- Leave your cell phone and pager in your locker as well, or turn it to vibrate and don’t answer it in the reading room. If you receive an important call or message, go to a public area or outside the building to return the call.
What is an Annotated Bibliography?
What is a bibliography? Often called a “works cited list” or “reference list,” it’s a list, usually found at the end of your project, that displays all of the sources that you used in your research project. In this list, you may have websites, books, newspapers, magazines, or other types of sources that were used.
Each listed source, also called a “citation,” shares information about the author, title, publishing year, and other items. Citations are provided so that others can find the sources themselves.
An annotated bibliography is a list of citations to books, articles, and documents where each citation is followed by a brief (usually about 100 to 150 words) descriptive and evaluative paragraph, the annotation.
Why Have One?
Sometimes instructors want you to include an “annotated bibliography.” An annotated bibliography includes three items for each source:
- the citation
- a short summary of the source
- your personal thoughts and insights from the source
The purpose of the annotation is to inform the reader of the relevance, accuracy, location, and quality of the sources cited. Please check with your teacher or professor first to see if an annotated bibliography/works cited page is needed for your paper.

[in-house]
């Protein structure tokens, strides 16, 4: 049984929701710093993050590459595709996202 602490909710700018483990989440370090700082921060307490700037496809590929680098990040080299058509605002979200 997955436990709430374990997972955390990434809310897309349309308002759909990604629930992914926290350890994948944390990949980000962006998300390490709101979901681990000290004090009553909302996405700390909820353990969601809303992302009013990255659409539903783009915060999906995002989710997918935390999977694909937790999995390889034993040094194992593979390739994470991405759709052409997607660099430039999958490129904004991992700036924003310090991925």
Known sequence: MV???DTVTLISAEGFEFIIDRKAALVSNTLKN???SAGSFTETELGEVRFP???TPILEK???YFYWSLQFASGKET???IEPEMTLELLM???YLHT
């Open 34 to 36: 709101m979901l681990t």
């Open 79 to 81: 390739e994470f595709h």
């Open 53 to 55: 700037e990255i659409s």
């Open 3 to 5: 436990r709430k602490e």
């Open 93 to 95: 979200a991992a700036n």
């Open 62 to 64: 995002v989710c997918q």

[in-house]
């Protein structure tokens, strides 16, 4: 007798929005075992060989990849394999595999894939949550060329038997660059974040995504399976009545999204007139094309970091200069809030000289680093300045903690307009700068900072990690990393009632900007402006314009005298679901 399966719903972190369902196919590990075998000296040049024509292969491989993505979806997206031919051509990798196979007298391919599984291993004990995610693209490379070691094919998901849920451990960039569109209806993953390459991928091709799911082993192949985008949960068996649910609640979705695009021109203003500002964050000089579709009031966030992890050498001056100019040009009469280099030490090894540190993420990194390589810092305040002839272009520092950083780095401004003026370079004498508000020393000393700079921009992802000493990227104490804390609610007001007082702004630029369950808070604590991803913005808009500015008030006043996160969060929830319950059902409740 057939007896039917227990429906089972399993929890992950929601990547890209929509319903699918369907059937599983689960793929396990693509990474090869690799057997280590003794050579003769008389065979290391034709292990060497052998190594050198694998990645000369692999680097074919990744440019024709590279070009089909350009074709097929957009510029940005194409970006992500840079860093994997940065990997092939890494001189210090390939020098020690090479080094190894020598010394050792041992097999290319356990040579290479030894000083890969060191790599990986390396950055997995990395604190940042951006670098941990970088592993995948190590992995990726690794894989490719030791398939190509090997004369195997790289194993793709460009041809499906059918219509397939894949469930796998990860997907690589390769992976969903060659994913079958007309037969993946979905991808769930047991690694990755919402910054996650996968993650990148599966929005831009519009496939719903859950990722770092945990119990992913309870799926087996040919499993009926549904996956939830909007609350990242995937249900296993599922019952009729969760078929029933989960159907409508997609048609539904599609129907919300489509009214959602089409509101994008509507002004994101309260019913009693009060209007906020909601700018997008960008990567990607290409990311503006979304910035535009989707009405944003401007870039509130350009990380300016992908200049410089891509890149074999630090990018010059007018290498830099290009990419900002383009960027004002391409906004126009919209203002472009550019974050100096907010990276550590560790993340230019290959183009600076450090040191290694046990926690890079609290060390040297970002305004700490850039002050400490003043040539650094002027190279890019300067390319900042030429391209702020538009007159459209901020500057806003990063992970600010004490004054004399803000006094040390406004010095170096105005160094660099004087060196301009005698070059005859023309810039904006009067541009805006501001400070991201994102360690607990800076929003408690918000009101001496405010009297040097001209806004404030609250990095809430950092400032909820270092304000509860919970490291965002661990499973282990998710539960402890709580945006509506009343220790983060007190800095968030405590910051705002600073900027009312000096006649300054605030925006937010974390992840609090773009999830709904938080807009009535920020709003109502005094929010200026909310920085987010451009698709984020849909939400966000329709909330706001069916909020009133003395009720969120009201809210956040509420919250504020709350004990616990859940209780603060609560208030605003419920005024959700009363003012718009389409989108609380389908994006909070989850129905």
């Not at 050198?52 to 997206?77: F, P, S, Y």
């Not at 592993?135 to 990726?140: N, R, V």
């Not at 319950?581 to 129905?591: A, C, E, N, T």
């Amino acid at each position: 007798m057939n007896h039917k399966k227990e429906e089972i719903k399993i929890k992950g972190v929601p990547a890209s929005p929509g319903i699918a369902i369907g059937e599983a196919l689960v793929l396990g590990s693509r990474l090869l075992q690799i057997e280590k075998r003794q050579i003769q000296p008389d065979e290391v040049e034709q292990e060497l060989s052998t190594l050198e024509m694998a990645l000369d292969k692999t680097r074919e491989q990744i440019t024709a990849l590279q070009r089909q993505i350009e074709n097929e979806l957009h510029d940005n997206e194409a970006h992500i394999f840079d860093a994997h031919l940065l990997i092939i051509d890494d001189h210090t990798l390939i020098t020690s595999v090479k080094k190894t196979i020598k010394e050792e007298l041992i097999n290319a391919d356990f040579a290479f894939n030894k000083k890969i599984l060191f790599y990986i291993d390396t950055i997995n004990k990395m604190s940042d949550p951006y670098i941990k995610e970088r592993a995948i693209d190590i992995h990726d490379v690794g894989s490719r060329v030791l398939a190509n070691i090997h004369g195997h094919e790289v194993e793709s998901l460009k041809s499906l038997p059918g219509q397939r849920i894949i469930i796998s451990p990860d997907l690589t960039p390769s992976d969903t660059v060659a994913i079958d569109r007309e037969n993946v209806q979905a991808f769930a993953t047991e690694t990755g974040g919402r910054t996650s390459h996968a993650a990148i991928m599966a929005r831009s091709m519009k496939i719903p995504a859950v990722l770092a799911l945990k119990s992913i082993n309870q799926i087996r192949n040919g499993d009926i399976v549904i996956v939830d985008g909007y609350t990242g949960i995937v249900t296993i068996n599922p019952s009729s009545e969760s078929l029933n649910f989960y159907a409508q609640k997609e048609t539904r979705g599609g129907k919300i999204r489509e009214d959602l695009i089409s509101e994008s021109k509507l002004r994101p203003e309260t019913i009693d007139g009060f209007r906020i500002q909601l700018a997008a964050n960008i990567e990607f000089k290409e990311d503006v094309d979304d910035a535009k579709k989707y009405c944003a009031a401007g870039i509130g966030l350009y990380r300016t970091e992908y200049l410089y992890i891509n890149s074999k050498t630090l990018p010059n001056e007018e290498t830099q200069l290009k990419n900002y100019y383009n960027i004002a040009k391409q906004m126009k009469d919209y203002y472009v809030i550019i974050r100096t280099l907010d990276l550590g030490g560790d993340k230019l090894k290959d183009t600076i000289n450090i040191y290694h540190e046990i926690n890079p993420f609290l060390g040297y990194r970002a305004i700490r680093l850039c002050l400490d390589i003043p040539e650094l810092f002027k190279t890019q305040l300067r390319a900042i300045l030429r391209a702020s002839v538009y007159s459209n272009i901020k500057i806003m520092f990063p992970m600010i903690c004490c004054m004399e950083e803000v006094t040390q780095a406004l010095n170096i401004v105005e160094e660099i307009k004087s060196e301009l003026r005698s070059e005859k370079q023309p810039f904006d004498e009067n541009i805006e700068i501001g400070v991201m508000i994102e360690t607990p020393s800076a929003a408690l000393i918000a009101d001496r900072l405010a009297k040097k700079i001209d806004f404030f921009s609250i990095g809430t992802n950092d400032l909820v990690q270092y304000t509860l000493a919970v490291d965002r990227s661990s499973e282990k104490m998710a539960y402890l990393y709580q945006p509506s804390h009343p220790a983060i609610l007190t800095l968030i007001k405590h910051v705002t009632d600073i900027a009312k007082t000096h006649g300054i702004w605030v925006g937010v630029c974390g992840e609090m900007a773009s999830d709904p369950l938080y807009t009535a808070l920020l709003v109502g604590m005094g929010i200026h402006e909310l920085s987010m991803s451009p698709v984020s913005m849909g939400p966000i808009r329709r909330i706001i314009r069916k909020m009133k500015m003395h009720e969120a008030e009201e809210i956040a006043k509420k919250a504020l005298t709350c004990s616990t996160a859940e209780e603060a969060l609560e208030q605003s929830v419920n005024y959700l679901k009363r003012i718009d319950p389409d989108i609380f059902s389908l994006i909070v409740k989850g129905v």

- Create the citation in MLA, APA, or another style that your teacher instructs you to cite in. Your teacher will tell you which style you should use.
- Write a few sentences summarizing the source. What was it about? What was the main point of it?
Your Personal Thoughts and Insights
- Was the source helpful for your particular assignment?
- How did it help answer your research question(s)?
- How was this source different than the other sources used?
- Did the source change your thinking on the research topic?
- How did the source affect you?
- Citations are listed in alphabetical order
- Format your paper according to the MLA or APA guidelines (include the link to the MLA and APA guideline pages)
Example (in MLA):
Example (in APA):
Did you know that you can create annotated bibliographies using EasyBib citation tools? Go to any citation form and simply click the “Add Annotation” button at the bottom. A space will open up that allows you to add your own annotation for the citation.